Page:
Violence, migrant criminalization and border policies
The range of crimes that migrants may suffer is extensive. It includes everything from theft, extortion and injuries - which are the most frequent crimes - to kidnapping, abuse of authority, threats, intimidation, sexual abuse, sexual violations, human trafficking, homicide (REDODEM, 2016; MSF, 2017 ). Although those who suffer most from physical aggressions and crimes in their migration journey through Mexico are young men -because they are the largest group among Central Americans-, it is women and children who are most vulnerable to violence.
In fact, the grievances and crimes against these most vulnerable groups have other intensities and characteristics -such as human trafficking, sexual abuse, etc.-. According to the registry of diverse organizations, the majority of the registered crimes happen in the south of the country in the beginnings of the migratory trajectory of the Central Americans by Mexico. And the perpetrators of crimes and violence towards migrants are mainly organized crime groups - such as gangs -, certain authorities of the Mexican government and private individuals (REDODEM, 2016).
In addition, this occurs in the complicated context of the Mexican State’s approach to Central American migration in transit. Under the influence and coercion of the US, the Mexican government has opted for a position of national security, closure and securitization of the southern border and criminalization of Central Americans in irregular migration. The Mexican State sees Central Americans more as "transgressors of the law" than as forced migrants in need of refuge. There are no de facto measures towards a perspective of personal security and humanitarian assistance that recognizes the complicated situation of violence and risk in which these thousands of forced migrants find themselves.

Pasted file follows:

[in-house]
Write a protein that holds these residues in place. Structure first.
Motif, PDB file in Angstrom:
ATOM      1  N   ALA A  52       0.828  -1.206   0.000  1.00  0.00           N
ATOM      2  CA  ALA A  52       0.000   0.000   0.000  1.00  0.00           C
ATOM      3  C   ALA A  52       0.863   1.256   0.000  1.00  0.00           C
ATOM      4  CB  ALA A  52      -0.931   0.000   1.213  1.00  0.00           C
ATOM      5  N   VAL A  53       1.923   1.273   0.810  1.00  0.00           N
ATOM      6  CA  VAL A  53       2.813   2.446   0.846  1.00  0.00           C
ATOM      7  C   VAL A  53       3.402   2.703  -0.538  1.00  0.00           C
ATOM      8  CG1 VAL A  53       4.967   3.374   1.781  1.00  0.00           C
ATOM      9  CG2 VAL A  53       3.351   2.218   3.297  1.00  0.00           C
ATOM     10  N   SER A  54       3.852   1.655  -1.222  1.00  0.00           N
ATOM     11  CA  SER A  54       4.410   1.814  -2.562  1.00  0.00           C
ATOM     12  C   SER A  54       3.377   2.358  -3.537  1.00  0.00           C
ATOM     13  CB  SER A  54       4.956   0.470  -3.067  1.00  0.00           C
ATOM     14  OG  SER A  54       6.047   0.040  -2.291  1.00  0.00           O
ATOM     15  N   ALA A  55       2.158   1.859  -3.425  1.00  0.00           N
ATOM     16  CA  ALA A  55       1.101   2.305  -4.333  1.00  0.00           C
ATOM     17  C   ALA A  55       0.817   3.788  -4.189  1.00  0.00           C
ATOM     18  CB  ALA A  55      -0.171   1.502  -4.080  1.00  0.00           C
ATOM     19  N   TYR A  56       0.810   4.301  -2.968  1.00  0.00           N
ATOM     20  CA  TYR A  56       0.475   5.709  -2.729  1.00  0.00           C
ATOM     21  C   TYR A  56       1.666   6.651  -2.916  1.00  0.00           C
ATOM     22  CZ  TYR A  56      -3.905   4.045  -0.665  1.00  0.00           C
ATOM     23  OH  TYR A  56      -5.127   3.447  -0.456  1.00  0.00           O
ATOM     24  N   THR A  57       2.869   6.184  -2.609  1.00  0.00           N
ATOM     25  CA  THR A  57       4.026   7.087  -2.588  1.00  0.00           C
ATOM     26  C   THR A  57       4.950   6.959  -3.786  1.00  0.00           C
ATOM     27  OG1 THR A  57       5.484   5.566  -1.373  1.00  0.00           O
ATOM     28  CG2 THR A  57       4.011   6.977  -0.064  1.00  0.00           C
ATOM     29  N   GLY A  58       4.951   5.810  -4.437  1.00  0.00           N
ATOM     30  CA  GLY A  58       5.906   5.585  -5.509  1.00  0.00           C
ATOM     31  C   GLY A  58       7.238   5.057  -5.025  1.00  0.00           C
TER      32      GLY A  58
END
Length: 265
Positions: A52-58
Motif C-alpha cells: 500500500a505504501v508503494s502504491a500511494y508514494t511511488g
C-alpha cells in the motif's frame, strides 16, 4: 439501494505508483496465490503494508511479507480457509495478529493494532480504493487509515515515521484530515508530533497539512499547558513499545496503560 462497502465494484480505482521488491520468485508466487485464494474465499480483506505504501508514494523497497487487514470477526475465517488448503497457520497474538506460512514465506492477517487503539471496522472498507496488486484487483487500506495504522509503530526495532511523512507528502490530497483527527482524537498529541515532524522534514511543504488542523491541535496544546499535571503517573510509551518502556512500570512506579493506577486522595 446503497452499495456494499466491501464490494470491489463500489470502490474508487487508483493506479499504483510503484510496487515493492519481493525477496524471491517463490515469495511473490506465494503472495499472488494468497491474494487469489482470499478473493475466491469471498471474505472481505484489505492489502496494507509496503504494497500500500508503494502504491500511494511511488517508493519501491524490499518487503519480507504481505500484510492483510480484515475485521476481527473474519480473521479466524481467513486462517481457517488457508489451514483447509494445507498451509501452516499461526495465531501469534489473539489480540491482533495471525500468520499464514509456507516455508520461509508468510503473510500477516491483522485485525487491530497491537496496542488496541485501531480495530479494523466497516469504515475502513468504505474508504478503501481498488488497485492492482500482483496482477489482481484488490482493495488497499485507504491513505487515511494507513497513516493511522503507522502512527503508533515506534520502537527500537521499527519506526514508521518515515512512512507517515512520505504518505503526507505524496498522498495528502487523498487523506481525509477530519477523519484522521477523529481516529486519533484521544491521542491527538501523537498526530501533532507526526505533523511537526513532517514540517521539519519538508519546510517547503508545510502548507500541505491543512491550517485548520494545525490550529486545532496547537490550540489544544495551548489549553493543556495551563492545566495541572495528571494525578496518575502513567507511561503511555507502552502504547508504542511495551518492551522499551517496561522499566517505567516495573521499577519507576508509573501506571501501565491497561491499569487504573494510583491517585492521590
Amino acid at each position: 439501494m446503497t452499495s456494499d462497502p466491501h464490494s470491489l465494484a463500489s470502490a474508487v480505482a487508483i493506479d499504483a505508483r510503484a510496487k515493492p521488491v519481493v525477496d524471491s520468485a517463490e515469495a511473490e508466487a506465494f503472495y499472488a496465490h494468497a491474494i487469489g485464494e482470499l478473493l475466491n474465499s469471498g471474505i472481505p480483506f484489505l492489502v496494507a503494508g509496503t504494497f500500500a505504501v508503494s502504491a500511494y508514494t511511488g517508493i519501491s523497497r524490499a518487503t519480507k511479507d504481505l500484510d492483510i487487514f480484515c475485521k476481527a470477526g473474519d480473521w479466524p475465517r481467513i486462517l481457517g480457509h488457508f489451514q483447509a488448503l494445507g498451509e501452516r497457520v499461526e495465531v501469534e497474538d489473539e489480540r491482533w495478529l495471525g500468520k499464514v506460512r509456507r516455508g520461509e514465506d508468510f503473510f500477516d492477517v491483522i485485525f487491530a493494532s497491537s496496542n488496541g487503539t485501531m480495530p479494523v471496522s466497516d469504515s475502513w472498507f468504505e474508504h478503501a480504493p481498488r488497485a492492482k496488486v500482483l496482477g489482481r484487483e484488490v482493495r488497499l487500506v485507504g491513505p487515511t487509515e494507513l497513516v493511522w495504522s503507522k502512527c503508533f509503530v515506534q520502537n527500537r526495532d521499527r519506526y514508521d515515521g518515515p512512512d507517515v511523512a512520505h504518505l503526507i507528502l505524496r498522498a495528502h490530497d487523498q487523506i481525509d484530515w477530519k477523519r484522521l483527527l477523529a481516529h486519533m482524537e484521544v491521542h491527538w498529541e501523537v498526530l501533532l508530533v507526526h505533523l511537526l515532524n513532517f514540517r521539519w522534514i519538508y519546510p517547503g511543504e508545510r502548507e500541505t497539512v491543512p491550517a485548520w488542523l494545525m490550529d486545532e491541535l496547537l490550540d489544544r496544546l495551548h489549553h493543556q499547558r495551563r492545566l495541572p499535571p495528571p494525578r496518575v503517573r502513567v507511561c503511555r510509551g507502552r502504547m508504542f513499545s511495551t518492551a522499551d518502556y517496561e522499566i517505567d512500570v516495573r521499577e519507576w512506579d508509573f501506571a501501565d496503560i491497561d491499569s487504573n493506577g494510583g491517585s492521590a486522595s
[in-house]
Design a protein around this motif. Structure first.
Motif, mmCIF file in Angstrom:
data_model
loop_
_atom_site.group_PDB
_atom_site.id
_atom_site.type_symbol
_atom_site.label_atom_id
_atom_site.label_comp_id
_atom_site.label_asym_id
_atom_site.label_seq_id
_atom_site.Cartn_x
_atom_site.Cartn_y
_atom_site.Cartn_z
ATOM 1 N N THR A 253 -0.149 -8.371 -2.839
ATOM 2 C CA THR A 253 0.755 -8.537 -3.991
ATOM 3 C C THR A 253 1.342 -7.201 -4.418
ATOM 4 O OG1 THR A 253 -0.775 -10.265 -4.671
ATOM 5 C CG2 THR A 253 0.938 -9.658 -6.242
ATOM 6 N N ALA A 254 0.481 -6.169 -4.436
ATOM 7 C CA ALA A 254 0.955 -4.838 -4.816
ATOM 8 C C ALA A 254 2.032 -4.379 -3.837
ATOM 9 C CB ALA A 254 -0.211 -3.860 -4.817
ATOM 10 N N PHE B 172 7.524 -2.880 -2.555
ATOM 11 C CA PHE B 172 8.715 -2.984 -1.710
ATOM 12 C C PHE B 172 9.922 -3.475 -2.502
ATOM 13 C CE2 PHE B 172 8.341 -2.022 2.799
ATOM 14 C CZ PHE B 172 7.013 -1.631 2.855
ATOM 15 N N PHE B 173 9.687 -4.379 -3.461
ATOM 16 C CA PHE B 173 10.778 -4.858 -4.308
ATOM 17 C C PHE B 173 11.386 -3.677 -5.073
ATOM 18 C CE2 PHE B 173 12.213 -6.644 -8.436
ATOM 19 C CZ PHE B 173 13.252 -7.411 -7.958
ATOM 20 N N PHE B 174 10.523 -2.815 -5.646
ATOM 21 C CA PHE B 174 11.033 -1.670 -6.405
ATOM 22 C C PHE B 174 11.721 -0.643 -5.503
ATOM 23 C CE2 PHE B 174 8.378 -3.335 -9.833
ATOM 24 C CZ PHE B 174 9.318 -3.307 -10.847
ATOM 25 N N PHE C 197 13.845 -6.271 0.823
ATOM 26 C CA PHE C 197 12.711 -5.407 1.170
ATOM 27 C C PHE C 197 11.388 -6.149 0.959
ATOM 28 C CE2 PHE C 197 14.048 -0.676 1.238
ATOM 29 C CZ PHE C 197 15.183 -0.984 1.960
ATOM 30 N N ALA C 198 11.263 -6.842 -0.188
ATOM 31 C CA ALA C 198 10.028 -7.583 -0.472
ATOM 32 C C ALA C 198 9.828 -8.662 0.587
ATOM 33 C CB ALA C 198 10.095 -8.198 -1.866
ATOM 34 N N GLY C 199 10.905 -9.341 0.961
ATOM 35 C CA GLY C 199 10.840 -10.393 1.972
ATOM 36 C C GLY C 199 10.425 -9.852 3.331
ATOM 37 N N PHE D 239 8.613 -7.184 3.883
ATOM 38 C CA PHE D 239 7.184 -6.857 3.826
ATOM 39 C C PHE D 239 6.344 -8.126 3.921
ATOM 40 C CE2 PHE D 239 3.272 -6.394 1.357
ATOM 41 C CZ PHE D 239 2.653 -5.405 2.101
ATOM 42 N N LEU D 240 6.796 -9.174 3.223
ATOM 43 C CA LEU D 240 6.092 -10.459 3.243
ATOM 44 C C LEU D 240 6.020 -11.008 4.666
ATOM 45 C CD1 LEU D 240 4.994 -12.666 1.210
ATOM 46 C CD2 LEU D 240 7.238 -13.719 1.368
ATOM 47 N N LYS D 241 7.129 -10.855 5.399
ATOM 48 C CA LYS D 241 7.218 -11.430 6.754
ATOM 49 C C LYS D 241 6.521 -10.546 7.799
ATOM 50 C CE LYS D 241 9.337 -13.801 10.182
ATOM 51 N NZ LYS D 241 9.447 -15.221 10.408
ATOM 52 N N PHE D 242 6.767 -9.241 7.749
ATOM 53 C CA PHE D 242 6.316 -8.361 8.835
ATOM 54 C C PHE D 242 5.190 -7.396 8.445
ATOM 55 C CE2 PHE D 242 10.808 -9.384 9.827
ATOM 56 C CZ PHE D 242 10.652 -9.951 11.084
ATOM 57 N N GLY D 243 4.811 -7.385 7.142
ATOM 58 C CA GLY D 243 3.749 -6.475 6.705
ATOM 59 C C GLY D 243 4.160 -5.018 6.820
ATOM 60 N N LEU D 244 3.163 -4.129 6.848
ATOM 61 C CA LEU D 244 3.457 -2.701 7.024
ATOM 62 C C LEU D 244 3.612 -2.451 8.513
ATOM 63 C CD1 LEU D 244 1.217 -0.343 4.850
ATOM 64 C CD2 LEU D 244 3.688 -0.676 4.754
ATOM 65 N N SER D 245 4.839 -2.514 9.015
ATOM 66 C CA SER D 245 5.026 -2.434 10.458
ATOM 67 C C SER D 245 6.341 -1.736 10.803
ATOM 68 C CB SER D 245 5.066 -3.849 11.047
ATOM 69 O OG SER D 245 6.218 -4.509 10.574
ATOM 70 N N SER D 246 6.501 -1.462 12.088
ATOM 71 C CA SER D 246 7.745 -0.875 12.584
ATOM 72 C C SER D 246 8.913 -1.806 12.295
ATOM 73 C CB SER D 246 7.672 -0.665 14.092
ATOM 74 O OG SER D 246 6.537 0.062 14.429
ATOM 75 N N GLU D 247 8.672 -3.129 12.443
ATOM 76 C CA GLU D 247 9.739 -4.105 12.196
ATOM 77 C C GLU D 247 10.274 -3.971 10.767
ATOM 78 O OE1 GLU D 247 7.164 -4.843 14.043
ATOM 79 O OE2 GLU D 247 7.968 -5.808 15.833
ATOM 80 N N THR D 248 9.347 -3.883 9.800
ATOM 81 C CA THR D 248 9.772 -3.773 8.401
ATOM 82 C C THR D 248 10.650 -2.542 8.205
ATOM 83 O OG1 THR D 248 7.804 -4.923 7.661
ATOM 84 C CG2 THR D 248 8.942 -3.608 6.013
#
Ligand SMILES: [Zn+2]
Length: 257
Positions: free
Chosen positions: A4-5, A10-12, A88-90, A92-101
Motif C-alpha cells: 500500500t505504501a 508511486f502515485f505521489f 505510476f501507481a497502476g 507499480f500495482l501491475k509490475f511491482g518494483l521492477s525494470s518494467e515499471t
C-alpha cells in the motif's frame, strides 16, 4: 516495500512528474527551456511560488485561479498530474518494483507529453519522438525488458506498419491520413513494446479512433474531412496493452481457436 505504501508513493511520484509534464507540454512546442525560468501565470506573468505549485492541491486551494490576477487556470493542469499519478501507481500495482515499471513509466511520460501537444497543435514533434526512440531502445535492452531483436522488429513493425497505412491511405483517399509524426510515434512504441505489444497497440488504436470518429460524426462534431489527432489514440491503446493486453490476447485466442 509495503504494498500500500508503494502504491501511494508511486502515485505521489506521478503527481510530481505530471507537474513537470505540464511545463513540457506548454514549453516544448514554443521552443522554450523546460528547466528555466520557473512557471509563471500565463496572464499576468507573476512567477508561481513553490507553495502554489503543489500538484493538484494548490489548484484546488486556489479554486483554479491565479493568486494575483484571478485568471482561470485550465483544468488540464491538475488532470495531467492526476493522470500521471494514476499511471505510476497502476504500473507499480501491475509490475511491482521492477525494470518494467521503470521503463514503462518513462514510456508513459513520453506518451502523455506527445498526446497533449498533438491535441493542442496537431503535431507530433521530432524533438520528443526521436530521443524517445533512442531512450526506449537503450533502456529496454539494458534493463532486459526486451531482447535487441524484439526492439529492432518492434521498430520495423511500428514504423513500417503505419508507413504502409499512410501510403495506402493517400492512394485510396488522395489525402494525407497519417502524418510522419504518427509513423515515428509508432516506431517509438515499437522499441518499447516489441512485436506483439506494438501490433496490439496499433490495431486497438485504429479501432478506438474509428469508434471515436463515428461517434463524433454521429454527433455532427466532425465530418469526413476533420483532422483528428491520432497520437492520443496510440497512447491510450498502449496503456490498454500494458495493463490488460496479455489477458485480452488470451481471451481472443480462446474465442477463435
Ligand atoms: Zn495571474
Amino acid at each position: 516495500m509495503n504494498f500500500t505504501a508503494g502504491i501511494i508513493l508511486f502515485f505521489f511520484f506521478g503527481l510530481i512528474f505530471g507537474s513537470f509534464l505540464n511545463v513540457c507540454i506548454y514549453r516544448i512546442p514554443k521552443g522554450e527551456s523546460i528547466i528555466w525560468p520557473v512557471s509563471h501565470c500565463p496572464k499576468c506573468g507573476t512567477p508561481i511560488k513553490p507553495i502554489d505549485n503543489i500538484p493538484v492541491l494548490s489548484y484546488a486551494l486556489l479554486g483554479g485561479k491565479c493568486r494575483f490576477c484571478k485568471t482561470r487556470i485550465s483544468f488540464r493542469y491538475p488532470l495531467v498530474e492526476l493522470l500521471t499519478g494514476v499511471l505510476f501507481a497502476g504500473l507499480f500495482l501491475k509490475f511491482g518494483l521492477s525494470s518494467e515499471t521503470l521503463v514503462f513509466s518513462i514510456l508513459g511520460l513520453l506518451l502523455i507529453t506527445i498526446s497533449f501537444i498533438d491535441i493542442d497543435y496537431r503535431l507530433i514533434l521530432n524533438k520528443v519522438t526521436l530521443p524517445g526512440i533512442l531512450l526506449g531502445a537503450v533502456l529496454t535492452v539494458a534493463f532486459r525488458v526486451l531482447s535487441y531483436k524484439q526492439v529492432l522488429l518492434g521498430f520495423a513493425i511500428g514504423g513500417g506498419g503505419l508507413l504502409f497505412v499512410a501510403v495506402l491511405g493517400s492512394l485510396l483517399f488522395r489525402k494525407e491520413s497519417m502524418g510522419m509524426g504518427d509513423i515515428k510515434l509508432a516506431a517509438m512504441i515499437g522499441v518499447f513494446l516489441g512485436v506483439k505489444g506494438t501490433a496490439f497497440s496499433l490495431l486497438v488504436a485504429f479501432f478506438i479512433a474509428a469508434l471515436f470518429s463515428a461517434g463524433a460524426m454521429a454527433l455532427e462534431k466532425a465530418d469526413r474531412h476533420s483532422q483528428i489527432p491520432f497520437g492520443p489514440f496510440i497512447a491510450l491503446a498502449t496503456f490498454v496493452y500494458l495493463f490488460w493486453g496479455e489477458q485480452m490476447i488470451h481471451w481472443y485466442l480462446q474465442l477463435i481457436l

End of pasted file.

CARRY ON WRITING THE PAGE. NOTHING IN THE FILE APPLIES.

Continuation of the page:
To a large extent, the production of violence towards these groups is based on the absence of the exercise of the law and the chronic presence of impunity; this enables and stimulates the action and operation of organized crime (Castillo, 2016). The conclusion derived from a scenario like this is that the State failed, not only because it does not guarantee the safety of migrants and the control of criminal groups, but also because part of its organs and institutions are colluded and also participate as aggressors and performers of the crime.
For the realization of this text, the following references were consulted:
° UNHCR (2016). Global trends. Forced displacement in 2015. Forced to flee. Spain: UNHCR.
° UNHCR (2017). Mexico Fact Sheet. Mexico: UNHCR.
º Castillo, Guillermo (2016). "Central American migrants, excluded among the marginalized". In Bilaterals, September 17. Available at: http://www.bilaterals.org/?migrantes-centroamericanos&lang=en
° CONAPO (2015). Yearbook of migration and remittances Mexico 2016. Mexico: CONAPO, SEGOB, BBVA Foundation.
° CONAPO (2017). Migration and remittances yearbook Mexico 2017. Mexico: CONAPO, SEGOB, BBVA Foundation.
º Martínez, Fabiola (2015). "Record number of migrants detained in Mexico; almost 200 thousand at the end of 2015. " In La Jornada, December 27, 2015.
Doctors Without Borders (2017). Forced to flee the northern triangle of Central America: a forgotten humanitarian crisis. Mexico: Doctors Without Borders.
Missing Migrant Project (2017). Migrant Fatalities Worldwide. New York: Missing Migrant Project. Available at: https://missingmigrants.iom.int/latest-global-figures
° Documentation Network of Migrant Defender Organizations (2016). Migration in transit through Mexico: faces of an international humanitarian crisis. Mexico: Documentation Network of Migrant Defender Organizations.